Kagato laughed a lowly. "I meant it fondly, I assure you."

Washu nodded. "Her hormonal levels have stabilized. Those problems are behind us." She meant it as a warning. That she would believe whatever Ryoko had to say from now on.

His eyes lit up. "Oh excellent news! Quite on time I'd say." He rubbed his hands together in pleasure.

"I'm glad you had faith in my agenda," Washu said dryly, her stomach knotting.

"Indeed. Ryoko, prepare my bench with supplies for a beta-three reduction," Kagato ordered casually.

Still trembling, Ryoko immediately got to her feet and hurried over to Kagato's work area and began setting things up, her face carefully devoid of any emotion.

"So professor, still thinking of getting that grant in on time, eh?" he asked conversationally, as if nothing odd were happening.

"We need to talk Kagato," Washu ordered, watching Ryoko scurry around with disbelief.

He ignored her. "Ryoko, how many times have I told you not to mix those chemicals? Do it again please," Kagato chided with mild derision. "So. The deadline in next week, right?" he asked conversationally.

Washu nodded mutely, with narrowed eyes. Her student, her cohai, was ignoring her. Her daughter was meekly following his orders with fear so strong Washu could almost smell it. Washu knew it for certain now. Ryoko had been telling the truth.

Kagato walked over to his station and observed the set up. "This will do. Ryoko, take notes." He sat very close to her, the sides of their hips touched.


Kagato turned to face Washu. "Hmmmm?"

"What are you doing?" Washu asked, fury adding sharp edges to her words.

"Why, taking you up on your offer to have Ryoko to be my servant. Though I must say she has been very scarce these last few days. Maybe we should punish her. What do you think?" he asked seriously.

"Ryoko come here. Now," Washu ordered.

Looking hopeful, Ryoko scuttled over to her mother's side. Washu slid a protective arm around her shoulders. "I made no such offer," she said coldly.

"Of course you did. It was in her room. You told her to do whatever I said."

"I didn't mean it like that, and you know it," Washu hissed.

"Do you think it's a bad idea then? I think its high time our little creation earns it's keep, don't you?"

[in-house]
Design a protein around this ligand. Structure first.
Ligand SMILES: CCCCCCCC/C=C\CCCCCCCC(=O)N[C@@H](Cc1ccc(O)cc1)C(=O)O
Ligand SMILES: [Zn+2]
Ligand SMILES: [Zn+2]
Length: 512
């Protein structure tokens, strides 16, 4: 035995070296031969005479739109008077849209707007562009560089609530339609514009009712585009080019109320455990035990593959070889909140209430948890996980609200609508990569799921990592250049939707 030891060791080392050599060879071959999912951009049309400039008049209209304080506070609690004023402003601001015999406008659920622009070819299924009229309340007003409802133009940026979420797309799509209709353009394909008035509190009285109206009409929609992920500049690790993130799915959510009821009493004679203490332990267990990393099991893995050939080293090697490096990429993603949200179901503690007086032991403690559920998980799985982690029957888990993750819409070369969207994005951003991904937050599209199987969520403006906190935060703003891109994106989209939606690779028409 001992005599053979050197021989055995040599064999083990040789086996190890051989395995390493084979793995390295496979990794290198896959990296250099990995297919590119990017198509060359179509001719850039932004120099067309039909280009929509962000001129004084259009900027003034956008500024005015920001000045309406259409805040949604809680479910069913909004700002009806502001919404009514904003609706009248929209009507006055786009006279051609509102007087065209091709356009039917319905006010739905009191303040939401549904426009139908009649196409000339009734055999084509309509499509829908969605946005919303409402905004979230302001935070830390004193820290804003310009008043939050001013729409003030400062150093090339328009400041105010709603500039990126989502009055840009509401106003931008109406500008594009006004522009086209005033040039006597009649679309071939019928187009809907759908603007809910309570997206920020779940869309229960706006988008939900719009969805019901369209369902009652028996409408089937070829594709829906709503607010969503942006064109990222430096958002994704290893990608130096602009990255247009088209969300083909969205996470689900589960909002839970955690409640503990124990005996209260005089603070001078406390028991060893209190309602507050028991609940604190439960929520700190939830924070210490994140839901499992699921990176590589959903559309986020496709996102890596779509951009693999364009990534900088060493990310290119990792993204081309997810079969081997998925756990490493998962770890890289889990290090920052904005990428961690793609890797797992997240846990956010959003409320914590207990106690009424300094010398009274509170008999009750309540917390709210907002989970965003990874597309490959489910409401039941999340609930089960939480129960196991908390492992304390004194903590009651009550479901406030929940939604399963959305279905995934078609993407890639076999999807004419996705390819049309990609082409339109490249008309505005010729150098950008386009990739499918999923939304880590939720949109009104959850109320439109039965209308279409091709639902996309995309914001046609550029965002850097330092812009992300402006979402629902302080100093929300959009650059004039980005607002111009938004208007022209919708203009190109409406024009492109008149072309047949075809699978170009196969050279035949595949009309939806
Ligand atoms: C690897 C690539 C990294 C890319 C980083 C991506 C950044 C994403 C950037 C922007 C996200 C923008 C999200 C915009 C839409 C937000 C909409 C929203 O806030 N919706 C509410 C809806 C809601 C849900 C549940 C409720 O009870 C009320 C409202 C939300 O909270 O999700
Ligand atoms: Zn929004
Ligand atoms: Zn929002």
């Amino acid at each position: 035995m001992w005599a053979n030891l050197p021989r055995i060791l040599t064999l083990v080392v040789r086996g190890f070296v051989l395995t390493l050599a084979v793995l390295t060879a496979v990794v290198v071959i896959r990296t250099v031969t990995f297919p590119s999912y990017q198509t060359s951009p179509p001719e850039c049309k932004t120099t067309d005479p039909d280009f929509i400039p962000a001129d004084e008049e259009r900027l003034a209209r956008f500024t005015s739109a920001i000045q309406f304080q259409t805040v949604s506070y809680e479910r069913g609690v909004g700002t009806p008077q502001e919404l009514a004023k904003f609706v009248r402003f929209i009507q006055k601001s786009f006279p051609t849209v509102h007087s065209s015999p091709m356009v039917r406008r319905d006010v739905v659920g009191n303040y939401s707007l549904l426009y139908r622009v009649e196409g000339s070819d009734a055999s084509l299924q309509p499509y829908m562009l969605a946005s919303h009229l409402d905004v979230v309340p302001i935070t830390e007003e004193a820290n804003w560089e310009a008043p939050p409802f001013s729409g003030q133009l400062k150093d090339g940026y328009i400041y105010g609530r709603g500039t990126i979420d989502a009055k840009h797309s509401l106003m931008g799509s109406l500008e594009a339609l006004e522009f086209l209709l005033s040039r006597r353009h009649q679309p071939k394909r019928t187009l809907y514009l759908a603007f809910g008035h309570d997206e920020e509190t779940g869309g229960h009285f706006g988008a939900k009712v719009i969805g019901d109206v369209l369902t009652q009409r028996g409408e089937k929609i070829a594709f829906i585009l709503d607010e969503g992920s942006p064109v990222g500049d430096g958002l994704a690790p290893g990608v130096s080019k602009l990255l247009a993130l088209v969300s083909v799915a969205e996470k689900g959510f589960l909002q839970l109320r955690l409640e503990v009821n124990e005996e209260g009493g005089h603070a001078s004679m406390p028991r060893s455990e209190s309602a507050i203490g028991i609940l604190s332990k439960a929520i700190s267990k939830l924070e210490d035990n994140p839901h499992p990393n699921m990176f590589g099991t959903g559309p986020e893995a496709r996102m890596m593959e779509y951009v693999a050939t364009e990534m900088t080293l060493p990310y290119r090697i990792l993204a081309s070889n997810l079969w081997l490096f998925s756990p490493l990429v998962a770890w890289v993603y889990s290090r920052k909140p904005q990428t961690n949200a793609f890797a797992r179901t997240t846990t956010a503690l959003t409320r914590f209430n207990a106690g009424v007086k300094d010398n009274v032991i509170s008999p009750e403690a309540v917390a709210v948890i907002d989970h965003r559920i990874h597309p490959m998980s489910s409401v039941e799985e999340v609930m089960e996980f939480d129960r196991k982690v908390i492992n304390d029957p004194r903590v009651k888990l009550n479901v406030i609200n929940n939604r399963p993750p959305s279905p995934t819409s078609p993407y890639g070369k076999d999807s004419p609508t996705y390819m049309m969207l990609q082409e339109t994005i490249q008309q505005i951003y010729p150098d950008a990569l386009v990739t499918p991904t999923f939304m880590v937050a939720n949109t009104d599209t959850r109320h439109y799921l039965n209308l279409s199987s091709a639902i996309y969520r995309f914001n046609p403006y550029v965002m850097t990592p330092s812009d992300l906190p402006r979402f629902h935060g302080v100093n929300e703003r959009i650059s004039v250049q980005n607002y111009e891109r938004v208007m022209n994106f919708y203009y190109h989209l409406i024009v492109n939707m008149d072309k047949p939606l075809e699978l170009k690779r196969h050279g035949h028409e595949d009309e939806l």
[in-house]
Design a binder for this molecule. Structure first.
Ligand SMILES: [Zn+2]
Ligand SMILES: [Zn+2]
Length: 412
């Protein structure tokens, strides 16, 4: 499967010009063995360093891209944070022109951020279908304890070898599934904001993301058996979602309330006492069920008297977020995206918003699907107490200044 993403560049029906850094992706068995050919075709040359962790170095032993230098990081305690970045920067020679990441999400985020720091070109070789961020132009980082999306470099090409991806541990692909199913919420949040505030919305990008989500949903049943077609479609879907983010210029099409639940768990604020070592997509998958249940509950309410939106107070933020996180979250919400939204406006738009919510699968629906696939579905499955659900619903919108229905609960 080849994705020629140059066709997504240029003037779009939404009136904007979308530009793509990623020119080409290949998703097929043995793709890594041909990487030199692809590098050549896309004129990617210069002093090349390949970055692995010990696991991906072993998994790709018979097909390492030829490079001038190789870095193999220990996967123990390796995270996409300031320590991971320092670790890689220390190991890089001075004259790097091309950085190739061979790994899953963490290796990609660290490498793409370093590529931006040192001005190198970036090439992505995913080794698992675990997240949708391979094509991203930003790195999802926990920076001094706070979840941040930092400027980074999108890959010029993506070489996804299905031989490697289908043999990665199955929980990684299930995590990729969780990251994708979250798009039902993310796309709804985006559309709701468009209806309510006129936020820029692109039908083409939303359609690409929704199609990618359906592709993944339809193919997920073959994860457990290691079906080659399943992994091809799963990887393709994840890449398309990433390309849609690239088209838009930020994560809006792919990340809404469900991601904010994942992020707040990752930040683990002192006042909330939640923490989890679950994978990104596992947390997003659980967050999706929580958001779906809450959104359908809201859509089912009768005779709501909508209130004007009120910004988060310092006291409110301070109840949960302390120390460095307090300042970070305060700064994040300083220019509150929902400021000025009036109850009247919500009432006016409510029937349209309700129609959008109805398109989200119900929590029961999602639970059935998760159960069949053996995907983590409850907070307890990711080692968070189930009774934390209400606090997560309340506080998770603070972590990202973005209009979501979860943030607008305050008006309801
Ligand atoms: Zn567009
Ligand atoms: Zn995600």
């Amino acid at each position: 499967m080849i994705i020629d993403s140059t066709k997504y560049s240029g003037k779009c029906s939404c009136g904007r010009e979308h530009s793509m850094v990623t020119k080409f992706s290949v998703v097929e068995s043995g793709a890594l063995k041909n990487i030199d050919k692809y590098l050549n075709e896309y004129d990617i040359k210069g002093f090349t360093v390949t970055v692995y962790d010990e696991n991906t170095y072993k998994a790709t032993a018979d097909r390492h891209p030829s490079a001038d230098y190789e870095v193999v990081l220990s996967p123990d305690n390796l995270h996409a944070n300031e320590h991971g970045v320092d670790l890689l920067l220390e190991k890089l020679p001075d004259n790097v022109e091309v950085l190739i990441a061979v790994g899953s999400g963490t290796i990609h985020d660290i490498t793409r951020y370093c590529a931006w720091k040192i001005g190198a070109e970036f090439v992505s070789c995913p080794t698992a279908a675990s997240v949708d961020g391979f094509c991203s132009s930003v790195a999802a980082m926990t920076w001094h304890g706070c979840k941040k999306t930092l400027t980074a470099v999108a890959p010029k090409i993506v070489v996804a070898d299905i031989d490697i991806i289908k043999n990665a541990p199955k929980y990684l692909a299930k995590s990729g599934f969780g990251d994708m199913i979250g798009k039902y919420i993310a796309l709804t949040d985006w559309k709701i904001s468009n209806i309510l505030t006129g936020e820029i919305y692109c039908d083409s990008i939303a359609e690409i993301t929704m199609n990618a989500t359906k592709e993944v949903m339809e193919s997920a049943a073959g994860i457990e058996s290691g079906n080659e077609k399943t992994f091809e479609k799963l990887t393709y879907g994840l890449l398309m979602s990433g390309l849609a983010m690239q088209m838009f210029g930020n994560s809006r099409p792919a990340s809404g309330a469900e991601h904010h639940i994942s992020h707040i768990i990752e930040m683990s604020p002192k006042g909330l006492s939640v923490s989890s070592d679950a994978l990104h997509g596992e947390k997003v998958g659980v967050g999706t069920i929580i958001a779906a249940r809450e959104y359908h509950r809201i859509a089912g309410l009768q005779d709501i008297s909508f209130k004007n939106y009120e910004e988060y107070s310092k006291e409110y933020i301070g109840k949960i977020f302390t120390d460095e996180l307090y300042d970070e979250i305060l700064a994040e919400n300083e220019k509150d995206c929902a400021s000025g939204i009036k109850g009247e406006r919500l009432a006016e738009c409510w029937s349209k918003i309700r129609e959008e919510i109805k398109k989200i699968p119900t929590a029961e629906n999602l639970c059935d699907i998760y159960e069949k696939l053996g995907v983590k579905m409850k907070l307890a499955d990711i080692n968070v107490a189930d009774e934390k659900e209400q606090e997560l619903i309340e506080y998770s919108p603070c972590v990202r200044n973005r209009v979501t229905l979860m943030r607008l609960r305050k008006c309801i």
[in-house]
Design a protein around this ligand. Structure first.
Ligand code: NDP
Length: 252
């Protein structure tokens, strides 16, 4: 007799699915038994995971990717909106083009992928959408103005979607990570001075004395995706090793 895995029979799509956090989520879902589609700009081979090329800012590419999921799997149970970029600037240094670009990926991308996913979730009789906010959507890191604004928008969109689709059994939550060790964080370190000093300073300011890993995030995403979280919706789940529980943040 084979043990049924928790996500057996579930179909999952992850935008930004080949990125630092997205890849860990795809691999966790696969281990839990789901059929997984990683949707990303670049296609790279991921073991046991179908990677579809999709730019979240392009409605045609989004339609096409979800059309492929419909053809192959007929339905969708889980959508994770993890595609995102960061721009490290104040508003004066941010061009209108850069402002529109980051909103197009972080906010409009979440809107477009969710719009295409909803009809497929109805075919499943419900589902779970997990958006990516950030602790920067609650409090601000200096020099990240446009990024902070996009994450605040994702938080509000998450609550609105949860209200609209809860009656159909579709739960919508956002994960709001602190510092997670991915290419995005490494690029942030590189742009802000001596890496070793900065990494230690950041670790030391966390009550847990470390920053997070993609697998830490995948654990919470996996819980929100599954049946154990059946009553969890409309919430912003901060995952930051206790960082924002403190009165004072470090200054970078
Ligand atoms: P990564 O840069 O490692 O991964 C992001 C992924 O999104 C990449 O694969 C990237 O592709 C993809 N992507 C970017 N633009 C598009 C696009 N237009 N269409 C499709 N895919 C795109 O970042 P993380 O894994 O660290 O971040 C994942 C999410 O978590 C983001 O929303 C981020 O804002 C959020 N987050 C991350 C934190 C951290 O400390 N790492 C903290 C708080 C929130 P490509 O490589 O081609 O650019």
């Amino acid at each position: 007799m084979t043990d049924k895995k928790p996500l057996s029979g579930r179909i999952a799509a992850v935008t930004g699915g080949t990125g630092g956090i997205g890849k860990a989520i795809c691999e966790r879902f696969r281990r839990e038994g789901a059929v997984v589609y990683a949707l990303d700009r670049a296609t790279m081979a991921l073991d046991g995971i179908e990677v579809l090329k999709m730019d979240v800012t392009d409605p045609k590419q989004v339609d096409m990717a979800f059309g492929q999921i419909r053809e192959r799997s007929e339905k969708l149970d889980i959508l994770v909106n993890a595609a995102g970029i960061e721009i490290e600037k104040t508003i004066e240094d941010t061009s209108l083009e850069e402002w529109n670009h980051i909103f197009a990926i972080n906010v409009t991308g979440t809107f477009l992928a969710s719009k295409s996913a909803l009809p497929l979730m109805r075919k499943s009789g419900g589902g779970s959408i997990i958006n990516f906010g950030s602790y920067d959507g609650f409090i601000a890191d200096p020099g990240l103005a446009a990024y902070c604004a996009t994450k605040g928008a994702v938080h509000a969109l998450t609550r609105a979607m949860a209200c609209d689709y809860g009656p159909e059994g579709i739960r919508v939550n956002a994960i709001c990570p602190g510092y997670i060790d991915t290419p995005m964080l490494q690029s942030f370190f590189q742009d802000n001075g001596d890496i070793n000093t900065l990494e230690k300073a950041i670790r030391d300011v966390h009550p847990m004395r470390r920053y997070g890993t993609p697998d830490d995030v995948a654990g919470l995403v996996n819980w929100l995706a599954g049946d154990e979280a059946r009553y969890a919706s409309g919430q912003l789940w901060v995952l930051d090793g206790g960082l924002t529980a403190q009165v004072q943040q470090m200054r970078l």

Washu stiffened. "MY DAUGHTER, you mean. You have no claim on her."

"But I was there through her whole creation. I'm just as much her father as you are her mother, if I were to go in for that sort of thing. I have the right to expect certain things of her." He ran his eyes up Ryoko's body as he spoke.

"No!" Ryoko shouted. "Shut-up!"

Washu tightened her hold on Ryoko's shoulders. "Its okay honey." She backed the two of them up to the fixed portal that exited to their home. "Student number 4567691836, you and I will have a talk with the Dean and the Galaxy Police tomorrow morning," she stated coldly as she took herself and Ryoko through the door. "If I were you, I'd already be packed."


"You. you believe me?" Ryoko whispered in a broken voice as Washu locked the portal behind them.

Washu sank to her knees and pulled Ryoko into a fierce hug. "Yes, yes, yes. I believe you. I am so sorry. So sorry."

Ryoko hugged back as a scared cry quavered from her lips. "Just don't let him get me. Please!"

Washu rubbed Ryoko's back and made soothing noises. "I promise, honey." There was an awkward pause. "Sweetie. Honey. what did he do to you?" Washu asked, afraid of the answer.

Ryoko buried her head in Washu's neck and avoided the question. "Why didn't you believe me mommy?"

Washu took a long and slow breath and decided not to push right now. "Well, because I was an idiot."

Ryoko pulled back and gave her mother an incredulous look. "What?" she sniffed.

Washu's throat tightened as she wiped the tears from Ryoko's cheeks. "Even the greatest geniuses make stupid mistakes."

"Ka- kagato said you didn't love me anymore," Ryoko whispered as her eyes searched Washu's face. "Do you?"

Washu looked at the pain in Ryoko's eyes and swallowed loudly. She felt her own tears welling in her eyes. "What have I told you about stupid questions?" she asked with mock-sternness.

Ryoko let loose a small smile. "That I couldn't ask them 'till I was in graduate school?"

Washu nodded, a single tear escaping her eyes to slowly run down her cheek. "I've always kept it straight with you, Ryoko. So here's the deal. I trusted Kagato. I trusted you. You were having a chemical imbalance that made you act strangely. So, when you told me something that didn't add up, logic dictated that you were more likely to be wrong than Kagato. You see that right?"

Looking miserable, Ryoko nodded. "But it still. makes me feel.." Her voice was heavy with tears as she trailed off.

Washu drew Ryoko into another embrace. " I know, I know! You were telling me the truth while that bastard was using your condition to trick me. I don't know how I can even ask you to forgive me. My poor little Ryoko, I am so very, very sorry."

"If you still love me, it'll be okay," Ryoko murmured into Washu's hair.

"Oh Sweetie, I love you. More than I can say," Washu choked out.

"What will you do about him?" Ryoko asked, still holding her mother close.

Washu gently pulled away and looked her daughter in the eye. "I will see him expelled for his violations of GA ethical codes. Trying to make you his servant is a direct violation of regulation, with extreme consequences." She paused. "And if there is anything else," she said carefully, "I will see him rot in jail. If I don't kill him myself."